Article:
(BTW never buy a mosberg 12 ga pump, it was a total P.O.S., they are popular mostly due to low price, and because many people buy but seldom use a shotgun enough to find out its reliability is less than expected ) and I found the remington 870 was only a bit more money but much more dependable and later the H&K 12 ga, and a Beretta 12 ga I bought were both much better still
    now If you want a rifle or a handgun, you generally deal with a large chain store like cabelas, bass pro shops , gander mountain, or a chain gun shop like shoot strait,and in some cases its obvious the guy behind the counter is a minimum wage guy who got assigned to sporting goods and hes more interested in selling skate boards , sneakers,and bikes than rifles and ammo, because there less paperwork, and less questions., and he won,t have to call for help because he does not have the keys and hes under 21 so he can,t touch anything you ask about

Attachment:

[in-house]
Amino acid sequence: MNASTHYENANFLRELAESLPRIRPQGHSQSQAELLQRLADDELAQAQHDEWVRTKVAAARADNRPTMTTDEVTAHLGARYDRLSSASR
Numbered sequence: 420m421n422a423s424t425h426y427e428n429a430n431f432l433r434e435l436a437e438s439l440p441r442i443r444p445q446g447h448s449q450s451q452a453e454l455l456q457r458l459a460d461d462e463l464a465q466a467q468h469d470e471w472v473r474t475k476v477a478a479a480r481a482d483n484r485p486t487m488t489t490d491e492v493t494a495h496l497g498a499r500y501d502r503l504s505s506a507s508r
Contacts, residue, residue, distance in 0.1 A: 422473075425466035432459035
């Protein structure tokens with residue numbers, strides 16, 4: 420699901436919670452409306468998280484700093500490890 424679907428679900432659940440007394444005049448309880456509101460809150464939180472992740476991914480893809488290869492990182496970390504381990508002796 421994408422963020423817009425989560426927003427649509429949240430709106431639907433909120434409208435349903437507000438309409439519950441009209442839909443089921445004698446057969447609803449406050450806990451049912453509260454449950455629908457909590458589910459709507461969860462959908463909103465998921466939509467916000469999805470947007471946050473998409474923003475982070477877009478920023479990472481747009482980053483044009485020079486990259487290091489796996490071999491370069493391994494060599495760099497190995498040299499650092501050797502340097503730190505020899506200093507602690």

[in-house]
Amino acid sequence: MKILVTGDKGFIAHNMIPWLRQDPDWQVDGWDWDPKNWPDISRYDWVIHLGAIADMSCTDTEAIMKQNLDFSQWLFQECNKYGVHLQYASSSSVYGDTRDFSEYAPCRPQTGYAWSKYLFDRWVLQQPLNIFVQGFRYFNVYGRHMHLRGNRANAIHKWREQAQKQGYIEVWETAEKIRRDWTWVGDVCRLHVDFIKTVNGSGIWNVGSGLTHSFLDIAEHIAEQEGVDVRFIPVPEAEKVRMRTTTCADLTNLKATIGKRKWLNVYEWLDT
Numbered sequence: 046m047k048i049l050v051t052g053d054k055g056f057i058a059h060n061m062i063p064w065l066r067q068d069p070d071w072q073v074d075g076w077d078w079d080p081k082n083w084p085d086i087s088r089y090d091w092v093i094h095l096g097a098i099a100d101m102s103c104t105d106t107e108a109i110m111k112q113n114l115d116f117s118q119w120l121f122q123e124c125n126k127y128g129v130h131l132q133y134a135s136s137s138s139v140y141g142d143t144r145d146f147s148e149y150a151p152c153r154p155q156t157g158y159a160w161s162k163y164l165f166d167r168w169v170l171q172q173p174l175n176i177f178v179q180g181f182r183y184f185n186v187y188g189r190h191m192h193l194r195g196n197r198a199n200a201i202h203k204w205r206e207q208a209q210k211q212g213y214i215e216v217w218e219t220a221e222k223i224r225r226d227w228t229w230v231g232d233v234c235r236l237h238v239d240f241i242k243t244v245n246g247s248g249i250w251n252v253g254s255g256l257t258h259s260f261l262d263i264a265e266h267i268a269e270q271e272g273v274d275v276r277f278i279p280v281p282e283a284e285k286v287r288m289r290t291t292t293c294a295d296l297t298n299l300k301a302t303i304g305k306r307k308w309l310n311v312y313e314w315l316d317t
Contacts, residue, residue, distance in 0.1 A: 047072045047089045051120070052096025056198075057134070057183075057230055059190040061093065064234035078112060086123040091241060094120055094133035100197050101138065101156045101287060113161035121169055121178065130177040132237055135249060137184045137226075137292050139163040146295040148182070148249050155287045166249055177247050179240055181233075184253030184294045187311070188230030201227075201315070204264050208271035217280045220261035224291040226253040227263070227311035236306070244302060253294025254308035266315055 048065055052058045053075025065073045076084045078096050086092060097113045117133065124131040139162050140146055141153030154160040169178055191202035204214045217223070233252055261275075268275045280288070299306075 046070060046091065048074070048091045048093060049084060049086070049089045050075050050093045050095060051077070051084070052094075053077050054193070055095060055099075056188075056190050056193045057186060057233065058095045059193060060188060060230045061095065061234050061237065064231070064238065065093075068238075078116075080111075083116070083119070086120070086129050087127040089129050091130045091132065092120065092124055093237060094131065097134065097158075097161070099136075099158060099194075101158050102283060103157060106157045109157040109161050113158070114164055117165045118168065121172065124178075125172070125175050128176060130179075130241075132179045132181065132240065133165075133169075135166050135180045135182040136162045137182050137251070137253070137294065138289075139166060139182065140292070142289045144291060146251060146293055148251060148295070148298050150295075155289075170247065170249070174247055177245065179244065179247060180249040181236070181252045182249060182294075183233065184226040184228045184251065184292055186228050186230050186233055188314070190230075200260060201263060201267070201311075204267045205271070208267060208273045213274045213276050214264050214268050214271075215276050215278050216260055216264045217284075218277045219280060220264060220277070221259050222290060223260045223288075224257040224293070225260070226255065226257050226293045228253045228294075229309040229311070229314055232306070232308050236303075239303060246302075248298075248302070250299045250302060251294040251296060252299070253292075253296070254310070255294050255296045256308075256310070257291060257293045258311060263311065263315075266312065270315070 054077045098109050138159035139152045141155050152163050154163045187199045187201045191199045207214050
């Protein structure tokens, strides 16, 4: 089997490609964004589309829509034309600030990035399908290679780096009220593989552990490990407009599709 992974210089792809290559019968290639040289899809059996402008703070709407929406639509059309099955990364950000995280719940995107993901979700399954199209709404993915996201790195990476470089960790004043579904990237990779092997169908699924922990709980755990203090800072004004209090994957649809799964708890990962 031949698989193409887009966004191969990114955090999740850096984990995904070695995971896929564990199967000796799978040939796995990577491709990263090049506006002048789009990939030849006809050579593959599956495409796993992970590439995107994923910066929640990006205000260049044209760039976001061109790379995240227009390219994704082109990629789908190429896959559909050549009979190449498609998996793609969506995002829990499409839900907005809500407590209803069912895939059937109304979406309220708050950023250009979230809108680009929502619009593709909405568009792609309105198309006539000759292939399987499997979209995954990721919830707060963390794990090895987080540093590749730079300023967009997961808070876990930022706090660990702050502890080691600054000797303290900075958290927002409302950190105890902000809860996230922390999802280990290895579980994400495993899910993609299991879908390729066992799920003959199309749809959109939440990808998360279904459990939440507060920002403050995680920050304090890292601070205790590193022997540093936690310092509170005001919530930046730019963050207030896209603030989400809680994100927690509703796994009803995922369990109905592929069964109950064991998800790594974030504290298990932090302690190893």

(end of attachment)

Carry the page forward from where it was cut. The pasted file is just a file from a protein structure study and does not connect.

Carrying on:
Last edited: Jan 14, 2018
  2. Gibbles

    Gibbles Clicker of buttons

    That's really too bad, around here we still have lots of mom and pop gun shops, and they are usually much better priced than cabelas, or basspro.

    However cabelas is usually better priced when it comes to ammo...
  3. Grumpy

    Grumpy The Grumpy Grease Monkey mechanical engineer. Staff Member

    I wonder how many of you gentlemen occasionally stop by the local pawn shops to see if you can spot a bargain priced tool or two?
    theres a pawn shop across the street from the machine shop I use the most.
    every once in awhile if you know what certain tools or other items cost you may find a bargain priced item.
    I generally stop by several local pawn shops just to browse , in most cases the pricing on used tools is marked higher than the retail cost,